Libia: violacións impunes dos Direitos Humanos (informe de AI)
Amnistía Internacional (AI) publicou hoxe un informe dunhas cento trinta páxinas sobre as violacións dos Direitos Humanos en Libia, destacando, entre outras:
- as “execucións extraxudiciais”
- a impunidade
- a pena de morte, incluso por delictos non violentos
- os xuízos inxustos
- as detencións prolongadas en réxime de incomunicación, que chegan a constituír “desaparicións forzadas”
- os maltratos e as torturas aos detidos
- os castigos corporais como as amputacións e as flaxelacións
- o trato discriminatorio que sofren as mulleres acusadas de “adulterio”
- a case total ausencia de liberdade de expresión e asociación
O informe leva por título “Libya of tomorrow”: What hope for human rights. Copio un extracto da súa introducción (a negrita e os enlaces púxenos eu):
[…] Human rights violations in Libya are facilitated by the absence of adequate legal safeguards, particularly in cases that are deemed to be political in nature. Even those limited safeguards that exist in Libyan legislation tend to be routinely flouted in such cases, particularly by members of the security forces such as the Internal Security Agency (ISA), an intelligence body. The ISA, which seems to operate beyond any judicial oversight and whose remit, mandate and structure remain opaque and unclear, has been implicated in gross human rights violations in the past and continues to be responsible for violations. No members of the ISA are known to have been held accountable for committing gross human rights violations including torture and extrajudicial executions.
The ISA controls two major prisons, Abu Salim and Ain Zara, in addition to a number of unrecognized places of detention which are out of reach of any judicial authority. Members of the ISA arrest and detain individuals suspected of dissent or deemed to present a security threat. These detainees are held incommunicado for prolonged periods in conditions amounting to enforced disappearance in certain cases, exposing them to the risk of torture or other ill-treatment and breaching even the limited safeguards set out in Libya’s Code of Criminal Procedure. […]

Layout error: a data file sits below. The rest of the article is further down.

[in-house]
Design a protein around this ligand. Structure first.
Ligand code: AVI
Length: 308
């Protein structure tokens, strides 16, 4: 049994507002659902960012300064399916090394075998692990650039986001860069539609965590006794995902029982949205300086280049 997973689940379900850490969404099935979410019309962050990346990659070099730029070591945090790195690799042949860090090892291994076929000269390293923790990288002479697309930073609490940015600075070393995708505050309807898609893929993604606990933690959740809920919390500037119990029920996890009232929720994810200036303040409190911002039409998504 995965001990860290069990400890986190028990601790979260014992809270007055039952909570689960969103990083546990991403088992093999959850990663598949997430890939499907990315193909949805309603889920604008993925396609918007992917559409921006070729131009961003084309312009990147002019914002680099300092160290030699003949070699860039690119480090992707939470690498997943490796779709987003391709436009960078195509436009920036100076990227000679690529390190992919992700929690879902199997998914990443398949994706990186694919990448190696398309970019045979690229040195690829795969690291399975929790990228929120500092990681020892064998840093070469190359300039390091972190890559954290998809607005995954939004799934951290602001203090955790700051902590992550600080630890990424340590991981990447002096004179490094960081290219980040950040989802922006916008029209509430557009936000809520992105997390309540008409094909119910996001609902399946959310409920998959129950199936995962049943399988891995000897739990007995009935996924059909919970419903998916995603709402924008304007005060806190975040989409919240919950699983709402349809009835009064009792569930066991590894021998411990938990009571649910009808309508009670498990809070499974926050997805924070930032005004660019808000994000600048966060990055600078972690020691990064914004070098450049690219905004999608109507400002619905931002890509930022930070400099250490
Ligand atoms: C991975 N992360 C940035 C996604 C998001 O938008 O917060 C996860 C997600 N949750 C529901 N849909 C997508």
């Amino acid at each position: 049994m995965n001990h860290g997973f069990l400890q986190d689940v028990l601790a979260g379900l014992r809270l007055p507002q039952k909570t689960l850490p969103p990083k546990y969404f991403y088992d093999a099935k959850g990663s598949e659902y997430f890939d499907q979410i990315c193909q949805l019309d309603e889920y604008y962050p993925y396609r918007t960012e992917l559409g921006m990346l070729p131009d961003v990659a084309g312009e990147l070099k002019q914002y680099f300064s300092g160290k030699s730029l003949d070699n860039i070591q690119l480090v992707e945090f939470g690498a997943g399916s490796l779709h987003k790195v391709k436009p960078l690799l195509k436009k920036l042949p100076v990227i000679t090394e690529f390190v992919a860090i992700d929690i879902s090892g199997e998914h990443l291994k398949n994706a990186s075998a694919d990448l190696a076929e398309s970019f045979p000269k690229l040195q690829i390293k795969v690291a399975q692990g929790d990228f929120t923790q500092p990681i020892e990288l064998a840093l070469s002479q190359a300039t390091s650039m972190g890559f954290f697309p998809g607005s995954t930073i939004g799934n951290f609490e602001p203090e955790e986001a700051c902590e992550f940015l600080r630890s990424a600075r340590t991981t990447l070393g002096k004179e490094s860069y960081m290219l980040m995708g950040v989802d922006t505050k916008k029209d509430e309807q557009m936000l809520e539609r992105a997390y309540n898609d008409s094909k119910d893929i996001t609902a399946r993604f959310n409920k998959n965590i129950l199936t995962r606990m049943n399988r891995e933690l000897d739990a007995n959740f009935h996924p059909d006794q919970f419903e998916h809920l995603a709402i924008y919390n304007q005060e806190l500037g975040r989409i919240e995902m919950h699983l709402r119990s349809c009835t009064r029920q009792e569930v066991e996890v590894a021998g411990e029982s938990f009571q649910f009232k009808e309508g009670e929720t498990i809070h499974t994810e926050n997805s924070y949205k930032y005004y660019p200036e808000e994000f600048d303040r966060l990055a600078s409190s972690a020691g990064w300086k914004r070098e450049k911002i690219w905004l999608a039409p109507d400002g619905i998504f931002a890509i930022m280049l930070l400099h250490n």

Hundreds of individuals have been detained arbitrarily in Libya in recent years. They have included people imprisoned solely for the peaceful exercise of their right to freedom of expression or association as well as individuals detained without charge or trial or after grossly unfair trials. Others remained in detention despite being cleared by the courts or after serving sentences imposed by the courts.
Contrary to the worldwide trend towards the abolition of the death penalty and Colonel Mu’ammar al-Gaddafi’s public statements against capital punishment, the death penalty is prescribed for a wide range of offences, including activities that amount to the peaceful exercise of the right to freedom of expression and association.
Libyan courts continue to hand down death sentences in trials that fall short of international standards, and executions continue to be carried out by firing squad. The death penalty appears to be imposed disproportionately on foreign nationals. They are particularly vulnerable given the failure of the Libyan authorities to provide them with translation services and immediate access to their consular representatives. Foreign nationals are also at a disadvantage in entering negotiations with families of murder victims over diya (blood money), given that they often have limited financial means.
Other cruel, inhuman or degrading punishments remain in force such as flogging and amputation, which continue to be passed by courts for adultery and theft. The corporal punishment of flogging for adultery appears to be imposed disproportionately on women. The mere fact of being pregnant and unwed seems to be sufficient basis to convict women of adultery, raising additional concerns that women might be deterred from reporting rape for fear of prosecution. […]
A case in point is the Libyan authorities’ failure to adequately address the Abu Salim Prison killings of June 1996. Up to 1 200 detainees are believed to have been extrajudicially executed following a riot protesting at poor prison conditions. […]
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